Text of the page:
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Ancient clues from a frozen forest

Troy L. Péwé once discovered an interesting patch of woods near Ester, about nine miles east of Fairbanks. The spruce and birch trees of this forest were underground, sandwiched between layers of earth. Each tree was 125,000 years old.

Péwé, with the geology department at the University of Alaska Fairbanks from 1953 to 1965 and now with the department of geology at Arizona State University, found the forest when he worked for the U.S. Geological Survey in 1949. At the time, the U.S. government had assigned Péwé and other scientists to study permafrost. Péwé examined hillside cuts made by gold miners in Ester and found trees frozen between layers of loess. Loess, pronounced "luss," is silt produced from the grinding action of glaciers that has been picked up by winds and carried elsewhere.

Because the trees were buried about 45 feet below the present-day forest at Eva Creek, Péwé knew they were old. How old he didn't find out until 50 years later, after methods of finding the age of extremely old things had been developed. One of those methods, a system for determining the age of volcanic dust, proved particularly useful. Because pencil-thin layers of volcanic ash line the soil above and below the frozen forest, Péwé and others were able to get a rough estimate of the trees' age. Péwé said the frozen forest at Eva Creek thrived at a time that was up to 5 degrees Celsius warmer than it is today, when there was little-to-no permafrost.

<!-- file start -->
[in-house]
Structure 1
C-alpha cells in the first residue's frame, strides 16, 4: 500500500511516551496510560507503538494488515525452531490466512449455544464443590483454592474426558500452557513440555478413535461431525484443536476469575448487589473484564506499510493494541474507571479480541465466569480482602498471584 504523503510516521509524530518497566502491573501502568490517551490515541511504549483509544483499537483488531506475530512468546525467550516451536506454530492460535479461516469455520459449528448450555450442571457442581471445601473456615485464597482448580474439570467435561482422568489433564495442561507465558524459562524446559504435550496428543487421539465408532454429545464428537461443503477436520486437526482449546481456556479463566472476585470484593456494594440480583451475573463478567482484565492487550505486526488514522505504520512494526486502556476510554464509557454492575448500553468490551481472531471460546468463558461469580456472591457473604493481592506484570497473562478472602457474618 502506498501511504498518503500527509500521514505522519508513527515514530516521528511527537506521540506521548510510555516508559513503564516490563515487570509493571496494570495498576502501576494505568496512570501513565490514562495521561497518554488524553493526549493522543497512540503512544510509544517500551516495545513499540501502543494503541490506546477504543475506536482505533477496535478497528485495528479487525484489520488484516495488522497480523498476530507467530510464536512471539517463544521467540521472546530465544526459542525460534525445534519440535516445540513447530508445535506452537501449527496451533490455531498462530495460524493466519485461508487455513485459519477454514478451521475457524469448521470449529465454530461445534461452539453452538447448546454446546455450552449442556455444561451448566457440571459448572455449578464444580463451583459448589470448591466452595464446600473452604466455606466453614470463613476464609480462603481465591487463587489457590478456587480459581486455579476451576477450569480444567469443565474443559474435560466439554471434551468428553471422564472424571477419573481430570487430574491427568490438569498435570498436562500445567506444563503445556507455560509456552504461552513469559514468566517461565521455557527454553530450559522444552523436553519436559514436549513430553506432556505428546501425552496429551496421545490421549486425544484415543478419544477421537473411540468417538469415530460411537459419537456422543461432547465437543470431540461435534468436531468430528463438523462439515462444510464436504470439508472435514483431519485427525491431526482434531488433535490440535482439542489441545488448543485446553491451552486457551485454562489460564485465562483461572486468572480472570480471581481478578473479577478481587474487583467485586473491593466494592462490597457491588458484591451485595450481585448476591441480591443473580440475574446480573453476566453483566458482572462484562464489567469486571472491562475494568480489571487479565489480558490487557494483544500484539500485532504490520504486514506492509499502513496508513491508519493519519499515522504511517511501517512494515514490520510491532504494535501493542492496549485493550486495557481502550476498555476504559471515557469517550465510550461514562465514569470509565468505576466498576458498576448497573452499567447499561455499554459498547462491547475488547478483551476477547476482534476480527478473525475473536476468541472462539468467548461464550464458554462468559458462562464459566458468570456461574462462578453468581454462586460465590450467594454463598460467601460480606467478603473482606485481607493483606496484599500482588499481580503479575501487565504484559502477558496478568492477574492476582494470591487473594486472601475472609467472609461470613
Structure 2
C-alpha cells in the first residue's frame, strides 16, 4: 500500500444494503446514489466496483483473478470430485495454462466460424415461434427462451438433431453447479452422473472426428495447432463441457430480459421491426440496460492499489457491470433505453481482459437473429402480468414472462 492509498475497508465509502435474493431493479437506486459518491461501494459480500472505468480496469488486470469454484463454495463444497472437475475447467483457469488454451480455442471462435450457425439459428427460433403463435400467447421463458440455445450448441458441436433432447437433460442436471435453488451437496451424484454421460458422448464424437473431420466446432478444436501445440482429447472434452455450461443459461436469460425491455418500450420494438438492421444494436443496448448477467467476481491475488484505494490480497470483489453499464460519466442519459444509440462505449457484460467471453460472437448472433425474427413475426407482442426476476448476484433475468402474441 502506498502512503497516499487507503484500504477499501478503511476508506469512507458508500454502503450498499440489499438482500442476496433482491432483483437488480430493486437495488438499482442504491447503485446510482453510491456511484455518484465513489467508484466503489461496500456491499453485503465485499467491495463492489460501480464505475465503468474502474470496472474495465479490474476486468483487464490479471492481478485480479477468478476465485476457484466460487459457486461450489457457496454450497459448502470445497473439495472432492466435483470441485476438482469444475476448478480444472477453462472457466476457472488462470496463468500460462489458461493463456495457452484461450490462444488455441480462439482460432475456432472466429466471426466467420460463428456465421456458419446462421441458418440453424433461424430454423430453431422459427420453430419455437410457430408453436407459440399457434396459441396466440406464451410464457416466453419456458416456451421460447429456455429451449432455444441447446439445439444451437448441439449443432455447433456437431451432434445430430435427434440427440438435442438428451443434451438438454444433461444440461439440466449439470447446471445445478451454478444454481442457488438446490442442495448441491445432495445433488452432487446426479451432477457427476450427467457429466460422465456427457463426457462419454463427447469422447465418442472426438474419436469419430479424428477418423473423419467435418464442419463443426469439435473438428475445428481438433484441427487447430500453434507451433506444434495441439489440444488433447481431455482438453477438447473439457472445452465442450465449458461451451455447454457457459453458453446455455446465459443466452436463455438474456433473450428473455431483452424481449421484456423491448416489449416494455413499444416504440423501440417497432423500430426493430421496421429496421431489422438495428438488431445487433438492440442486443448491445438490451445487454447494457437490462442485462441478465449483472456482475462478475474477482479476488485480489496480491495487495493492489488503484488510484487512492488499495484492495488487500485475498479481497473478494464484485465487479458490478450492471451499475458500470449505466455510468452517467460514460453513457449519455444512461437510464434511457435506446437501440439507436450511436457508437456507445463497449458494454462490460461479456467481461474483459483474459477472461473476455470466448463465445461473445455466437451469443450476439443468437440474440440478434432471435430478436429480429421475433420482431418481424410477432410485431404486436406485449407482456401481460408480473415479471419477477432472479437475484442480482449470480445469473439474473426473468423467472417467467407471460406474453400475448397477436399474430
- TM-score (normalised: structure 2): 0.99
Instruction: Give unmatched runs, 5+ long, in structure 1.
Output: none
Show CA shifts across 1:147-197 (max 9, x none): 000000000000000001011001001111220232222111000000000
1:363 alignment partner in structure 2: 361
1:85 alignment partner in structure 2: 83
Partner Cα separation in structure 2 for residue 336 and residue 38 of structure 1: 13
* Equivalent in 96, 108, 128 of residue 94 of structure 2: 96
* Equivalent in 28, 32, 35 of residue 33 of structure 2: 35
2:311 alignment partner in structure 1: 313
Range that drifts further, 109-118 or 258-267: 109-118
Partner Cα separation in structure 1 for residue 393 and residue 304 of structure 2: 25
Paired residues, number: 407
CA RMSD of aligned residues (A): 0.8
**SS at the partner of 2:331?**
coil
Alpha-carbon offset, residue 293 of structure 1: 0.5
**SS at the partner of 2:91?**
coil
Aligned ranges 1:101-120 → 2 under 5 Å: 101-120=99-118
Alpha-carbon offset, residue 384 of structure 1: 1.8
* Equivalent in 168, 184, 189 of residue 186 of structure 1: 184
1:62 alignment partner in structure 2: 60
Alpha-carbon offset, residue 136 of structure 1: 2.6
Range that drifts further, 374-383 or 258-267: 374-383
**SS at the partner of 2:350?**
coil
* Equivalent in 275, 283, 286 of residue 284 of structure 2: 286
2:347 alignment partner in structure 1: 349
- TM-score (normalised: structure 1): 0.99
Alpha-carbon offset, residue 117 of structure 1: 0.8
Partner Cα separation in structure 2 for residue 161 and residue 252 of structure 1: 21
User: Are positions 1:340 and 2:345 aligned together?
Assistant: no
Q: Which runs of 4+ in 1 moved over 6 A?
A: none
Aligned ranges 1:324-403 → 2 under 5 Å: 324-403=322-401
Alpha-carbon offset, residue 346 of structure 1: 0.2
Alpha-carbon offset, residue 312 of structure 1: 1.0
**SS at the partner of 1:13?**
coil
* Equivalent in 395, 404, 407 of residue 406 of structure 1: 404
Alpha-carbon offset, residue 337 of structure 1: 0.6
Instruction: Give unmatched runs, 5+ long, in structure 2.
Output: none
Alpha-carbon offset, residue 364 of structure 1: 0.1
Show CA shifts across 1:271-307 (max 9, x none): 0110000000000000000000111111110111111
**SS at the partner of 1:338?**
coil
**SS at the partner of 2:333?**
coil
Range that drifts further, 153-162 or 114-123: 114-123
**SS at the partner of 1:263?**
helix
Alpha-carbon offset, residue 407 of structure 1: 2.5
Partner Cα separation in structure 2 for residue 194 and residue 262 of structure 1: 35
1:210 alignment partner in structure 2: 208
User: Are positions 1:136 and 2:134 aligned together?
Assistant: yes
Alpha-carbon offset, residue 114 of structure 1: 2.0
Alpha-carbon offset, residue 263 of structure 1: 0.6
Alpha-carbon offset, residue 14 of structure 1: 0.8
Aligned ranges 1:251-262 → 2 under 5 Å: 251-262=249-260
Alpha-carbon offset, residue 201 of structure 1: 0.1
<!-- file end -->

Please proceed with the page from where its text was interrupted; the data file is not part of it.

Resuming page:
Because the frozen forest is full of charred trees, Péwé suspects there were a lot of forest fires 125,000 years ago. Insect galleries carved into the bark of some of the frozen spruce indicate that the spruce bark beetle was also here then.

What preserved the Eva Creek frozen forest? During a cooling period, about 120,000 years ago, the Eva Creek trees died and were eventually covered with loess from dust storms that began on the Tanana Flats. The fine, powdery soil, the consistency of flour, was originally part of mountains in the Alaska Range before it was pulverized by the weight and force of glaciers and carried with melt water to the Tanana River. In the river, much of the silt settled in dry channels and riverbanks, where the wind picked it up and carried it somewhere else.

In an incredibly gradual process, loess coated the Eva Creek forest. The ancient trees froze as the climate became cold enough to produce permafrost. Eventually, miners in the 1940s unearthed the trees with hydraulic giants. Péwé found the trees between two layers of loess, one known as Gold Hill Loess the other as the Goldstream Formation.

Within the hills of Fairbanks are many other loess deposits, including one cut at the Parks Highway near Ester that Péwé says is the oldest and the thickest (202 feet deep) in Alaska. Years ago, he successfully lobbied to have the land purchased by the state so scientists could learn about the last period between ice ages. The Geophysical Institute recently took over that site as a study area.

What can we learn from the Eva Creek frozen forest and other sites like it? Péwé said that because the last period between ice ages was warmer than today, we may be able to predict the future by looking at the past.